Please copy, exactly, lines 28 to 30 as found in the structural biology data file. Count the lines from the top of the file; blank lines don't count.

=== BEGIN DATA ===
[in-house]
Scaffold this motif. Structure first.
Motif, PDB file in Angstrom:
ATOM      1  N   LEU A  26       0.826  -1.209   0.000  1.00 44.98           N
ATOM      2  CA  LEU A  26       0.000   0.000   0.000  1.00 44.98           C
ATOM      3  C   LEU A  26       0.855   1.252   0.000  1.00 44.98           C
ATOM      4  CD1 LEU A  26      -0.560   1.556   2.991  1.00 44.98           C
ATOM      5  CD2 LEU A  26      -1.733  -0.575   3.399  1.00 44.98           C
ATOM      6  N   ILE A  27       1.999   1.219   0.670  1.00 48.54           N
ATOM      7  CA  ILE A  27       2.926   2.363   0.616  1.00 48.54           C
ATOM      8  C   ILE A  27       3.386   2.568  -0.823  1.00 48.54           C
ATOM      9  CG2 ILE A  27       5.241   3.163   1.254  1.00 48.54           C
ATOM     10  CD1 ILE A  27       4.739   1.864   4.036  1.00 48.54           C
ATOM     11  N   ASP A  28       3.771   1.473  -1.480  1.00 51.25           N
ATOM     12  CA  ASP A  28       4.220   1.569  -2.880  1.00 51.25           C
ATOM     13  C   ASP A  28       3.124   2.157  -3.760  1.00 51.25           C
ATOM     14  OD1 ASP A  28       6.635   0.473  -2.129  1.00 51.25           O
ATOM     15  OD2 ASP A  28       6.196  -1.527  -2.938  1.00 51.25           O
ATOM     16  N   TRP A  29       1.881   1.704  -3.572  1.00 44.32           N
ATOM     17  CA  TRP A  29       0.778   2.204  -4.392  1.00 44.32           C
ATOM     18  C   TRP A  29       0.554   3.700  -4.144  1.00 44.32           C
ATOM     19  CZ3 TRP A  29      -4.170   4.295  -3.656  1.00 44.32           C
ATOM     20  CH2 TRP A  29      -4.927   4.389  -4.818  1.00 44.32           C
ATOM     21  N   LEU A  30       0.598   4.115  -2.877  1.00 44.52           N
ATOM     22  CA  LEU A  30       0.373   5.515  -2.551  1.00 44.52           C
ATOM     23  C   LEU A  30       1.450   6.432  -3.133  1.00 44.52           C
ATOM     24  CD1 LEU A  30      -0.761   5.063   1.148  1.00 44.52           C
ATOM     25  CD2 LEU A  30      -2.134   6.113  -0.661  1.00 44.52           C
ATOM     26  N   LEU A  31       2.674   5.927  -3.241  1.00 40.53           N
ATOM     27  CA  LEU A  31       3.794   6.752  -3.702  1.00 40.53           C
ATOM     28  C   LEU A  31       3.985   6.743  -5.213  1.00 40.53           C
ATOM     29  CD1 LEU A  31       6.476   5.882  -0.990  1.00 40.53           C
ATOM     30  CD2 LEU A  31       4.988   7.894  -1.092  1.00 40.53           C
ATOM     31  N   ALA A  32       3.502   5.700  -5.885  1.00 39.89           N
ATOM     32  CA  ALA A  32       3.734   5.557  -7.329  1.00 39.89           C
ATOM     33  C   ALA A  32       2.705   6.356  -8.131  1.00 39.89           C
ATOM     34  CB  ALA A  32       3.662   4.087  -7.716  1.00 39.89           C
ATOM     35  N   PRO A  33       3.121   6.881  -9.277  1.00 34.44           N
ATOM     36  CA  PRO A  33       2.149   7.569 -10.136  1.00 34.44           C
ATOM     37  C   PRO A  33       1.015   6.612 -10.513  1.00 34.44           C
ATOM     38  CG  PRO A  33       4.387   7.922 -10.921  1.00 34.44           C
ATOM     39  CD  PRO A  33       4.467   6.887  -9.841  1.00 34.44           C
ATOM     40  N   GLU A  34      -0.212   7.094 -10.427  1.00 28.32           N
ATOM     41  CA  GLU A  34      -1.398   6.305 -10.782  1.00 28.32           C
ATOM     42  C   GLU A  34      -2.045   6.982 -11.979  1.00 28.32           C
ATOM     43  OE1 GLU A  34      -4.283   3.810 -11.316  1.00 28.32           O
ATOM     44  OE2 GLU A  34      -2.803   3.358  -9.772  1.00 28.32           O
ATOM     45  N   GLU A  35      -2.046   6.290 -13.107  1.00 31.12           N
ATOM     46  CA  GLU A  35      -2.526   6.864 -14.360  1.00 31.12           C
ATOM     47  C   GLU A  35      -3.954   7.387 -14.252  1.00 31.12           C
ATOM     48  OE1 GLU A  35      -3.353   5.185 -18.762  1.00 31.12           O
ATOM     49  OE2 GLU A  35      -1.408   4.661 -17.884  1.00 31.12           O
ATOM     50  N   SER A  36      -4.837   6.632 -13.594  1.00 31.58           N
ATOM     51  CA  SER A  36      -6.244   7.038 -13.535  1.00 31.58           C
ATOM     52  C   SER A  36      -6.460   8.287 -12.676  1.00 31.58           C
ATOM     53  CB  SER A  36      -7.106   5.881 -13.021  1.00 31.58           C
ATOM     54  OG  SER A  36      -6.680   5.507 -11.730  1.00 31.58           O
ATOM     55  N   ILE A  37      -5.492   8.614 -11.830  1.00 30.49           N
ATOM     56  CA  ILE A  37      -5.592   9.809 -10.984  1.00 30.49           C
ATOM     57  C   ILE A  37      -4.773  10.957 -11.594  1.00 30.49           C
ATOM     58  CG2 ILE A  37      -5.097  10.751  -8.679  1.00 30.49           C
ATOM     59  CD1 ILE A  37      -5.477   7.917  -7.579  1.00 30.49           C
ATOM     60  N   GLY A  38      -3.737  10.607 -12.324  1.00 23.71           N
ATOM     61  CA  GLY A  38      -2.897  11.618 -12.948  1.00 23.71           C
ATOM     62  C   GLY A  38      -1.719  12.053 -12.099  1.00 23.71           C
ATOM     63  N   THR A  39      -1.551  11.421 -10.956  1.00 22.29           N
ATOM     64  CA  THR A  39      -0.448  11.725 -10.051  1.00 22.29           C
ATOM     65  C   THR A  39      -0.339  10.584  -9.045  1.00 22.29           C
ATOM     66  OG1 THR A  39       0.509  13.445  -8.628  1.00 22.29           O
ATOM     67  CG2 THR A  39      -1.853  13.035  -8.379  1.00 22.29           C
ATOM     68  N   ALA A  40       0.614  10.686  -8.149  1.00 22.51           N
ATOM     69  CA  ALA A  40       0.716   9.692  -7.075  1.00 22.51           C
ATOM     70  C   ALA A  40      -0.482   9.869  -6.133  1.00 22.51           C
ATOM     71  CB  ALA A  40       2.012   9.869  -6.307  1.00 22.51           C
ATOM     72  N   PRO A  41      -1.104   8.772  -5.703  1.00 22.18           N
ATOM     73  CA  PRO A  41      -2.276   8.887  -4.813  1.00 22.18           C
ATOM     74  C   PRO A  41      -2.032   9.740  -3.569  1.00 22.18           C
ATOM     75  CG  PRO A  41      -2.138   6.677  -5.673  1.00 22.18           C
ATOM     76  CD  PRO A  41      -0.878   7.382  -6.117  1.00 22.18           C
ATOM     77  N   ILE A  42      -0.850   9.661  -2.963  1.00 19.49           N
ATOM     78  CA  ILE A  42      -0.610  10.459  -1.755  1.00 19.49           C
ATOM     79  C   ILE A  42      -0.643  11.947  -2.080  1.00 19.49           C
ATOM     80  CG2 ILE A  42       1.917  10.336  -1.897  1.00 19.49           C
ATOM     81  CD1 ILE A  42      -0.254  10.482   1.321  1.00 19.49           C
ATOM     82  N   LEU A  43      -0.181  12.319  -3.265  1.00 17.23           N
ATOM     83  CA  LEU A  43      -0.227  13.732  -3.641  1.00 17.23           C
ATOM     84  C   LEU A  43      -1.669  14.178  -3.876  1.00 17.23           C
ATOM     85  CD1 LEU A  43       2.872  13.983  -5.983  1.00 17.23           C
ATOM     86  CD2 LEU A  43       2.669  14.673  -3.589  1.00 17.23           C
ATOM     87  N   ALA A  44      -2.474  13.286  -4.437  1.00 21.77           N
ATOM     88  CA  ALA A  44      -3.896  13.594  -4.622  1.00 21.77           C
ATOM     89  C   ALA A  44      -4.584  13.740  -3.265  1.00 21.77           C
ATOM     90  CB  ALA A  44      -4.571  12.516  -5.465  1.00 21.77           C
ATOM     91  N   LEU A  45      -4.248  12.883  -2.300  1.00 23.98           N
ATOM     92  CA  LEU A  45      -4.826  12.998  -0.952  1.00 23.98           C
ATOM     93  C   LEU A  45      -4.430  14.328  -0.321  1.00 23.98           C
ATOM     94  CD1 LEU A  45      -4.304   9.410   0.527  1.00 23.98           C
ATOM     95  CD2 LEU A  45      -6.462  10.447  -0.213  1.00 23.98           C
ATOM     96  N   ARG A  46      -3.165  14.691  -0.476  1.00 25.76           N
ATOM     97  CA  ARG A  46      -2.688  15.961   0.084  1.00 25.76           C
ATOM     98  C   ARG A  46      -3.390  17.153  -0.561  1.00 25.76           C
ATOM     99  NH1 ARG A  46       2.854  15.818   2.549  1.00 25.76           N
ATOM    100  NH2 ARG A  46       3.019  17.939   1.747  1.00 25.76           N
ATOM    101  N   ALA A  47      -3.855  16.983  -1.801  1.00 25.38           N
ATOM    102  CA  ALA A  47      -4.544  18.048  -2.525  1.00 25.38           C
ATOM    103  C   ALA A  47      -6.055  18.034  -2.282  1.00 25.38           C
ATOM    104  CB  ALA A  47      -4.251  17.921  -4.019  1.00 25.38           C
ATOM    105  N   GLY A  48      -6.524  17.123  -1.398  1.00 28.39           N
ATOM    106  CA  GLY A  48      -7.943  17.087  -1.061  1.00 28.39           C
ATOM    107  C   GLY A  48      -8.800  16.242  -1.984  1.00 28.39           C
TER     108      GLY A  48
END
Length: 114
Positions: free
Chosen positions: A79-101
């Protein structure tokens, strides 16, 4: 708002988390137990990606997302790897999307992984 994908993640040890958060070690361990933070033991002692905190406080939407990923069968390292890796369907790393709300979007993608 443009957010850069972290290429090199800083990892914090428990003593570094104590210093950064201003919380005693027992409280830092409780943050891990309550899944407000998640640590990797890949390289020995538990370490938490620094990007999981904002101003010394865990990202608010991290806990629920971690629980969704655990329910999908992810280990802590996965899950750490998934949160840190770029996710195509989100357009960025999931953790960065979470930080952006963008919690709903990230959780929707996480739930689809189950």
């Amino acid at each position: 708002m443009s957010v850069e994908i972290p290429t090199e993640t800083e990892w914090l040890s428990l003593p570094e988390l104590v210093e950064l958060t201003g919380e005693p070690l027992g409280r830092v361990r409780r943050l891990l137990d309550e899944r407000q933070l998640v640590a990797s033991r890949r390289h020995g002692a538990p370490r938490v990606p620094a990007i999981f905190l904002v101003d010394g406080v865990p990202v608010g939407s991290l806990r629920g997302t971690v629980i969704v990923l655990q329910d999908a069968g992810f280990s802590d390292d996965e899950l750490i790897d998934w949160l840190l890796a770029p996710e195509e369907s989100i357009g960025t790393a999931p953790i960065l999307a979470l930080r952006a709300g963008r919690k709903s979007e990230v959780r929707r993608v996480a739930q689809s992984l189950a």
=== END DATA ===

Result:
ATOM     25  CD2 LEU A  30      -2.134   6.113  -0.661  1.00 44.52           C
ATOM     26  N   LEU A  31       2.674   5.927  -3.241  1.00 40.53           N
ATOM     27  CA  LEU A  31       3.794   6.752  -3.702  1.00 40.53           C